While working on an M.Ed, she took a woodworking class, which led her into 25 years of making furniture and other carved and turned objects. Until her recent retirement, she taught art in Florida and in and around Philadelphia, where she currently lives with her daughter, also an artist. Her work is in several regional museums and public art collections. She was awarded an NEA Art Ventures Grant and later an Andy Warhol Foundation Grant. She has published articles on the arts and art education “I came to wood,” she says, “while searching for a way to build my surfaces into volumes. Learning the machinery and discovering the plasticity of the wood itself resulted in my eventual shift first to carvings, inspired by the tropical plant and animal life I observed in that strange Florida environment where I was living at the time. Later adding function into the mix, my work became identified with the resurgent Studio Furniture Movement. Function, then a forbidden fruit of the fine arts, appealed to my anti-establishment sensibility. 

“More than 40 years have passed since my initial search. I was thinking then in traditional painter’s terms, of the surface as a flat or two-dimensional plane. The volumes I had in mind, I saw as comprised of planar surfaces. I had missed the distinction between a “plane surface,” which is flat by definition, and a just plain surface. The latter contains thickness, and with that, both additive and subtractive possibility that I now delight in.” 

written by Elizabeth Zimmer for “Persimmon Tree,” an e-zine, Summer issue 2016


I was schooled in non-objective painting at Bennington College in the 1960’s and made an abrupt shift into sculpture and nontraditional woodworking in the late 1970’s. 

Along with me, came my love for color, paint and compositional space. I have also held onto my process of working out visual ideas in series. I have yet to feel that I have exhausted an idea. At some point I move on, inventing a new vocabulary of forms, shapes, surface treatment, use, materials, reference, or any or all of these. 

My process flows most freely when I keep my work somewhere within the bounds of abstraction. Referencing, though never engaging representation to the point of realism, my work over the years has been interpretive to varying degrees. I like to search out relationships between the natural world and a more personal world of human experience. Often considering the wall as my compositional space, much of my work speaks as installation, spanning large spaces when these are available.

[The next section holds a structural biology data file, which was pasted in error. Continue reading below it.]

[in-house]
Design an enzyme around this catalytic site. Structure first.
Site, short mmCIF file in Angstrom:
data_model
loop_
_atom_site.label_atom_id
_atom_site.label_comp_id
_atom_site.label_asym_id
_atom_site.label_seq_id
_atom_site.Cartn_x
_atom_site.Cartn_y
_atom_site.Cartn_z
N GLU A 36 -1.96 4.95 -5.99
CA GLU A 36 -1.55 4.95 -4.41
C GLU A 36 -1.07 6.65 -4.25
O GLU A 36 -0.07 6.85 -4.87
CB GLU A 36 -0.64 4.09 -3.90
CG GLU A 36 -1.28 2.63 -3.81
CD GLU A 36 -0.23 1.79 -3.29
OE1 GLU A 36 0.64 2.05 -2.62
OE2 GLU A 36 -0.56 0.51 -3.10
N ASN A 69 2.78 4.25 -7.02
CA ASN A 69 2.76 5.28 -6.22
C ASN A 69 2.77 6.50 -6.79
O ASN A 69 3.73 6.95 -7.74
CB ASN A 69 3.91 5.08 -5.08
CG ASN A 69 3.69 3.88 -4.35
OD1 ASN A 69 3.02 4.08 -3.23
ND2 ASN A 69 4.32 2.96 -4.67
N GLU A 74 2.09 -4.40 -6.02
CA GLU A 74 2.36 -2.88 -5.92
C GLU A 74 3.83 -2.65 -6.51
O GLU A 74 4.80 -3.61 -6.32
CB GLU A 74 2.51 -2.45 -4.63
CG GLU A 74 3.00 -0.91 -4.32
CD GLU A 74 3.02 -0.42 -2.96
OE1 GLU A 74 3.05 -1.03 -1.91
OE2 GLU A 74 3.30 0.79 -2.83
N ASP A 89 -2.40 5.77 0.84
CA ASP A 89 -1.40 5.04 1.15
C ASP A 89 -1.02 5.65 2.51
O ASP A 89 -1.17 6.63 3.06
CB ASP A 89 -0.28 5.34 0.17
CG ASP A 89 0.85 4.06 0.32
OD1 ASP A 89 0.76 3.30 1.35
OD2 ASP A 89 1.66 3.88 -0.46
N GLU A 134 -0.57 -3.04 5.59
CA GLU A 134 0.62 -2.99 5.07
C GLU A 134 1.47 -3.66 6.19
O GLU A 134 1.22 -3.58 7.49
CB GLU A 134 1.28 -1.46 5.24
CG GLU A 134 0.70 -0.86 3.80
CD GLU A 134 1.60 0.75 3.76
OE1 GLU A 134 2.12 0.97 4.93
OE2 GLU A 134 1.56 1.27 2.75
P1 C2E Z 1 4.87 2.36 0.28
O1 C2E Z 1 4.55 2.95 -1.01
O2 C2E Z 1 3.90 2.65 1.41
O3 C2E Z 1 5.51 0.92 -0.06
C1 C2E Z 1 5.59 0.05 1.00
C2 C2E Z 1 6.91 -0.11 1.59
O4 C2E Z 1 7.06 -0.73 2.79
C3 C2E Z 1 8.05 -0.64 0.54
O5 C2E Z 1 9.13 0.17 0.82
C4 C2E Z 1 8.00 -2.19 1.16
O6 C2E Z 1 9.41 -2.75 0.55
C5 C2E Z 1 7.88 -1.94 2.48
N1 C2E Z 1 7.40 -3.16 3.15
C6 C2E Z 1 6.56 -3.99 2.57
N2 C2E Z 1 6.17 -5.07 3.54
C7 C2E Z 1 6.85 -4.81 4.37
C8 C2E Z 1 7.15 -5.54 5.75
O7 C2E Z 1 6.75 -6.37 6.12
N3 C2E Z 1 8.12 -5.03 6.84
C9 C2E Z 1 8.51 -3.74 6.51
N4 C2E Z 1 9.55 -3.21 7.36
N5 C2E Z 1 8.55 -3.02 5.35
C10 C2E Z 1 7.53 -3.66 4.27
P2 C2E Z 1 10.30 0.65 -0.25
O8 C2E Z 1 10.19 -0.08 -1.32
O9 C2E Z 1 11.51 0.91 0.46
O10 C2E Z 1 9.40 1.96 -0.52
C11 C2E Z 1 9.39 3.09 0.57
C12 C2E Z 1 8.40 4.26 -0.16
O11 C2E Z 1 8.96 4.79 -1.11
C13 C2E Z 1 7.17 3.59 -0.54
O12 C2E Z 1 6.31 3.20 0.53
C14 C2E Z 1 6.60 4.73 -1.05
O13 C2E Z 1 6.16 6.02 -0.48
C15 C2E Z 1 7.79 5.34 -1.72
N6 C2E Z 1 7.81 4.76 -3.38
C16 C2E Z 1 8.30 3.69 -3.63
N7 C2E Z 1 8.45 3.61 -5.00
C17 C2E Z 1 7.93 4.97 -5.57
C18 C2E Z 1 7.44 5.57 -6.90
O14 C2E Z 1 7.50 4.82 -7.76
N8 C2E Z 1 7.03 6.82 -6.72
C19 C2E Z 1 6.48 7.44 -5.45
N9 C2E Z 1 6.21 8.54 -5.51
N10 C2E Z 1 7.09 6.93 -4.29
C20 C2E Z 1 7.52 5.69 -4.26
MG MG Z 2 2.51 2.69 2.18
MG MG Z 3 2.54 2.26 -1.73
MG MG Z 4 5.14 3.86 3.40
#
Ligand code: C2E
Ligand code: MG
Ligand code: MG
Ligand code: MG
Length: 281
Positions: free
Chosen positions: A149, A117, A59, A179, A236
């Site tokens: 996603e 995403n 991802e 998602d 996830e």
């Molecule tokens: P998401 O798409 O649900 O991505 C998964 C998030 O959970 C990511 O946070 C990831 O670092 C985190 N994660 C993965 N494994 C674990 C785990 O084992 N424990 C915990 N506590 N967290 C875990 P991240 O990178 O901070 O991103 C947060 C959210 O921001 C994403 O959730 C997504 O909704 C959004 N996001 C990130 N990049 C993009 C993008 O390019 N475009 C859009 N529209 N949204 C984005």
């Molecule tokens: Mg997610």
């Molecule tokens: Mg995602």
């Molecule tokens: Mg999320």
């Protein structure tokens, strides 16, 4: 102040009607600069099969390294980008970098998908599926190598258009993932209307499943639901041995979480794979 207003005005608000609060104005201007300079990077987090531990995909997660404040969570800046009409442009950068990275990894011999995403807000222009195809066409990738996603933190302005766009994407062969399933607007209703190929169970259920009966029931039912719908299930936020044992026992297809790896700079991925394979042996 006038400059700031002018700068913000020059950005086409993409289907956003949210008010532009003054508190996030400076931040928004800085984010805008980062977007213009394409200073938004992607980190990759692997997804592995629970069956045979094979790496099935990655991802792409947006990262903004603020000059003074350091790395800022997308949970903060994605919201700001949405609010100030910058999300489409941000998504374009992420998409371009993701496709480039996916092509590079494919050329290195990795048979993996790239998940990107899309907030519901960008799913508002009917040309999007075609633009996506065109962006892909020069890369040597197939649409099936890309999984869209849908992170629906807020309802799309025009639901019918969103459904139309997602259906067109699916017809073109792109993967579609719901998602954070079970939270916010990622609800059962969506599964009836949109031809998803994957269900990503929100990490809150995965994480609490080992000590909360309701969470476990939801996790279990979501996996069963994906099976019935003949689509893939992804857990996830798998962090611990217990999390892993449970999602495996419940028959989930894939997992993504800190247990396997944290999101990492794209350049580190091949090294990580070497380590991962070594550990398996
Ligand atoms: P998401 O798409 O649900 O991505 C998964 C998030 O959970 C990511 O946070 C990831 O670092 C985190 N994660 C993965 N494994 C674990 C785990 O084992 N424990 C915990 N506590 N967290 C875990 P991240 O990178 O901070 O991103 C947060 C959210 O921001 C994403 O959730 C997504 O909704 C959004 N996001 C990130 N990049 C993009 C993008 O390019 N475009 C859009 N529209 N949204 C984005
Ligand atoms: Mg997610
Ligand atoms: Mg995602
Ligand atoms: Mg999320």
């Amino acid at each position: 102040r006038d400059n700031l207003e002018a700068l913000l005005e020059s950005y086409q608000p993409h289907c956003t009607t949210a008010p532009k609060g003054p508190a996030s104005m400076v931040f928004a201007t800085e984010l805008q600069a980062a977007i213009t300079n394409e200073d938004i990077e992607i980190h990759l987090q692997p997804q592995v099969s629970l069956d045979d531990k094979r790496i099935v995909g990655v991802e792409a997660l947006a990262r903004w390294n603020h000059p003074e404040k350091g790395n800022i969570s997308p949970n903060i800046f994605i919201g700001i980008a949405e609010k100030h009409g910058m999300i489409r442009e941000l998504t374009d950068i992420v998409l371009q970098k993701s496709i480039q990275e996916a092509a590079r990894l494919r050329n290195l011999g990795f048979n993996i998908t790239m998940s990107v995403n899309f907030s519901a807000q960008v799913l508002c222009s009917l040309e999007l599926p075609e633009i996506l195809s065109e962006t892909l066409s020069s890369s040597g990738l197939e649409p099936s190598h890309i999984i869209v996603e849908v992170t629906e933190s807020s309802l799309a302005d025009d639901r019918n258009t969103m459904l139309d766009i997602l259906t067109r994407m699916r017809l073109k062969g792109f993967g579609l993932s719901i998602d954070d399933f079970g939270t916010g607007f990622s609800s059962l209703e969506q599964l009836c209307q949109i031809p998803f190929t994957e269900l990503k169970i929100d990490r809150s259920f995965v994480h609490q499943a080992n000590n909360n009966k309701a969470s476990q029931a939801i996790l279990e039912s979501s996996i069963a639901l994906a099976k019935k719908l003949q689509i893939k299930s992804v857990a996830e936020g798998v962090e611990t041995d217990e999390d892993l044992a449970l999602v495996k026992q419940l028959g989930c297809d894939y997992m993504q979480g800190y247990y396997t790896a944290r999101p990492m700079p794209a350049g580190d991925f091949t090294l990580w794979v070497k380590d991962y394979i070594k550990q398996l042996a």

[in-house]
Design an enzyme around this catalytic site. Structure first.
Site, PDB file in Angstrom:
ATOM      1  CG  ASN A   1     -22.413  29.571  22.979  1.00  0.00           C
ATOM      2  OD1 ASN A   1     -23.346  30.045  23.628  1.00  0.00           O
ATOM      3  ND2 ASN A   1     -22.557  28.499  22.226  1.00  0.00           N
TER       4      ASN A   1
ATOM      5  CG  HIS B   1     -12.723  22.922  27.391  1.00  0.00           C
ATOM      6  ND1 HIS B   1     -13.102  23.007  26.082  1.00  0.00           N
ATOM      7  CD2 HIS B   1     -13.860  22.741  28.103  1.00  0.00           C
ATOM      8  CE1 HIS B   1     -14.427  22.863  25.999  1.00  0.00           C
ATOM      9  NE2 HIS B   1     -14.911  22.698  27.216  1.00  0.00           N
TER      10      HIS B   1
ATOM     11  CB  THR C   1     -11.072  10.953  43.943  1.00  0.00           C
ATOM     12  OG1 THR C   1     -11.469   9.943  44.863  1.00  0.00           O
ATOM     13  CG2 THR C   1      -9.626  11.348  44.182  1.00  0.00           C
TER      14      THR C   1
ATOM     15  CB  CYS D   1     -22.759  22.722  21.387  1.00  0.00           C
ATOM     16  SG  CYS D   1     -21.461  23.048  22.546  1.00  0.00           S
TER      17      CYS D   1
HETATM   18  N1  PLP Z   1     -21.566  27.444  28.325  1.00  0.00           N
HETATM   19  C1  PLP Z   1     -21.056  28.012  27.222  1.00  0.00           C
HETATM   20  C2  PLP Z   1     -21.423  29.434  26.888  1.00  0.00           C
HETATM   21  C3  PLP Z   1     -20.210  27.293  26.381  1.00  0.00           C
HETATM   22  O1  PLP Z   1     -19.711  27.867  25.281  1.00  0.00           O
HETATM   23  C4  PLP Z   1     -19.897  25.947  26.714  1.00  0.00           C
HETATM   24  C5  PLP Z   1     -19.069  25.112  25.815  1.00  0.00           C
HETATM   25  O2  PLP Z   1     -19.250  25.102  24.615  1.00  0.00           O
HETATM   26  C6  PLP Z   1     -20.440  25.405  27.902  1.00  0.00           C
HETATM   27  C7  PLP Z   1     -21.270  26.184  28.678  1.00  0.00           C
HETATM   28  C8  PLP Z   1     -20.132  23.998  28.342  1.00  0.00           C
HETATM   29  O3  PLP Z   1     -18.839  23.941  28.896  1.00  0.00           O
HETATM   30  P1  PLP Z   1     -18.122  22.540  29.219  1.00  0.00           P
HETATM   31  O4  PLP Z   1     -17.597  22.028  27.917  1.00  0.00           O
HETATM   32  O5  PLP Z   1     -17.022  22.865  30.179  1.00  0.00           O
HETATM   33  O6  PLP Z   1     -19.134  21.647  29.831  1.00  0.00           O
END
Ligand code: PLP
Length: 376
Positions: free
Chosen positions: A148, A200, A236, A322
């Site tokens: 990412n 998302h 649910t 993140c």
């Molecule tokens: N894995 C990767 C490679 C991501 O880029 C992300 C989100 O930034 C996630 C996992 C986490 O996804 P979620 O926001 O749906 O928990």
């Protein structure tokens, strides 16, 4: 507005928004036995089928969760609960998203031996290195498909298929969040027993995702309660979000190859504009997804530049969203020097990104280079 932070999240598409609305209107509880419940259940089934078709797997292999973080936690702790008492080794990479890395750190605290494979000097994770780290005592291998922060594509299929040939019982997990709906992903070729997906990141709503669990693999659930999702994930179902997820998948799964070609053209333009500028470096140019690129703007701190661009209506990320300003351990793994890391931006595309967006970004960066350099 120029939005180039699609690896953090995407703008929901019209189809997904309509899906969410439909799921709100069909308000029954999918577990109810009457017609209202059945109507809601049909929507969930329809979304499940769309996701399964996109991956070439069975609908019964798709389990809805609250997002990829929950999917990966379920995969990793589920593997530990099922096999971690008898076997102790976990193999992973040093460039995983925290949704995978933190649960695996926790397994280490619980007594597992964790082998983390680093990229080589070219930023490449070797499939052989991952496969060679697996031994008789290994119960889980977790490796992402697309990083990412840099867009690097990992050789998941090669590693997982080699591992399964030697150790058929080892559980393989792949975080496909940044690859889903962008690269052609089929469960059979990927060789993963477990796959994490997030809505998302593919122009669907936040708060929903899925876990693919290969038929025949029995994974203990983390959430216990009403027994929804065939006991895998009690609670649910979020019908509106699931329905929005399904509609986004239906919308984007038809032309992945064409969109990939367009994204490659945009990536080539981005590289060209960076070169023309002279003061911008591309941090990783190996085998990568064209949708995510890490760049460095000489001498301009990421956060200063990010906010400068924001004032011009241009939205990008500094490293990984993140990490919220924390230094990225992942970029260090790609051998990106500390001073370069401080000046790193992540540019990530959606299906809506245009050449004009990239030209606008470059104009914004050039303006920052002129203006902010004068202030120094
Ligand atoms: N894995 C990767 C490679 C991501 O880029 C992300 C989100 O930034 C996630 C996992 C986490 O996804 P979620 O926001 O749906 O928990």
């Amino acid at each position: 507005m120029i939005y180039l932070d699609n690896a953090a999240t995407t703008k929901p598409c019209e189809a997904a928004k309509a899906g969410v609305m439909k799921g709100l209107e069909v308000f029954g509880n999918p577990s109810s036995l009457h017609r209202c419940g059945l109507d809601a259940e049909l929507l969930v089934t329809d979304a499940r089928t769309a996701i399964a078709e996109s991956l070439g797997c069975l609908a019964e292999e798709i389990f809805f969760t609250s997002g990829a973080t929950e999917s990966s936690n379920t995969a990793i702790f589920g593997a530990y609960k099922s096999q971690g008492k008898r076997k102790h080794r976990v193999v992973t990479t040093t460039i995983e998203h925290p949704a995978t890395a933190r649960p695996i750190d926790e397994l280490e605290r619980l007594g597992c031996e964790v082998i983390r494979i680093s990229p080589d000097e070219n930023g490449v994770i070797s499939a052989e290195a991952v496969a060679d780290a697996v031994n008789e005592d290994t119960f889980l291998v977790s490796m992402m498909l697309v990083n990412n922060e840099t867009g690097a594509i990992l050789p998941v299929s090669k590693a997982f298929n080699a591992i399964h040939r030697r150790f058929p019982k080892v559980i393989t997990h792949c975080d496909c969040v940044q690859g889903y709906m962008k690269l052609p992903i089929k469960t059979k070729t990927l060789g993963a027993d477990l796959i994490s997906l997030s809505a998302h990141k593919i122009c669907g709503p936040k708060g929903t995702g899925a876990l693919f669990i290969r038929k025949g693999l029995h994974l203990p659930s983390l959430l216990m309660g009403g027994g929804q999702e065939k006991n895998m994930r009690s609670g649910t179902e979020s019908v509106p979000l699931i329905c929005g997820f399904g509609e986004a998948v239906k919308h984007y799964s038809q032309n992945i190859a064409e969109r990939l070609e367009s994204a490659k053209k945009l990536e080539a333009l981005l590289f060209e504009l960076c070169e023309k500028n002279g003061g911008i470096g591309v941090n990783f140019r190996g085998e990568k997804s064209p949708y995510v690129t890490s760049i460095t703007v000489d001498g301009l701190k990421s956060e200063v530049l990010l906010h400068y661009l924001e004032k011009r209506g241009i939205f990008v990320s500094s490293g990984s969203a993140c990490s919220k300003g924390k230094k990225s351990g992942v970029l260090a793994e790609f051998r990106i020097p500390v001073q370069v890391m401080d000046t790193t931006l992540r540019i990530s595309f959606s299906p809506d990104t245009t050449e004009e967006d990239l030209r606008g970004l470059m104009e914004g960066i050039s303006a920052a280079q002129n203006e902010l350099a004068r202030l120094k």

Pete Hoffecker Mejia

Born in Bogota, Colombia, of Indigenous descent, yet raised in the United States, Pete Hoffecker Mejía’s work assembles indigenous patterns of the Americas, retail and home décor motif, and Modernist geometric abstraction, to explore the intersection of contrasting cultural influence, the mediation of identity, and conflation and caricature in the representation of ‘otherness’. 

The often colorful, found item and wooden structures investigate the blurred points of contact resulting from estrangement, while also looking at global cultural interaction and the continuing impacts of colonialization. 

He received a Bachelor in studio art from the University of Memphis and is currently at Indiana University where he is an associate instructor while pursuing an MFA in Sculpture.


Born in Bogotá, Colombia, of indigenous ancestry, adopted by a multi-racial family and raised in the United States, I have naturally been consumed with issues of culture and identity. This interest in identity is intertwined with the interrogation of seemingly monolithic histories, and the mediation of relational self. 

Pulling from a background in carpentry and store display; architectural framing and merchandising techniques merge with a decidedly modernist formal language. The combined interests in indigenous art, geometric abstraction, and representations of ‘otherness’ in consumer culture are assembled to explore the intersection of disparate cultural influence. The amalgamation of these elements works towards creating a subtext which explores global cultural interaction, mediation of identity, and conflation and caricature in the representation of otherness. 

A special attention to the pattern is iterated throughout the work. This is enhanced by an exaggerated, and almost plastic, a color palette which permeates, yet is softened, and offset by the natural character of the wood. The works adhere to, and at times disrupts the grid. The use of layering and multiplicity is employed to create a fragmented totality. The composite structure acknowledges derivation from indigenous visual sources, while also remaining strongly suggestive of Modernist geometric abstraction, retail clothing, and faux indigenous home décor motif. It also becomes a record of blurred references and codified symbols alluding to fragmented and conflated histories. 

Combining these traditions that share visual similarities, but are culturally dissimilar, and forging congruous and incongruous connections between them, allows me to identify and give identity to my own perceptual bearing. This also allows me to make work that explores the blurred points of contact resulting from estrangement while touching on our complicity in the conflated representations of ‘otherness’ in mass culture. 

It permits me to create a critical space to examine art, culture and the boundaries between them.

Lisa Haskell

Lisa Haskell received a BFA and graduated summa cum laude with departmental honors as valedictorian of her class from Moore College of Art and Design in 2010. Lisa has received various awards, most notably, the Frieda Fehrenbacher Travel Fellowship for travel to Stockholm Sweden.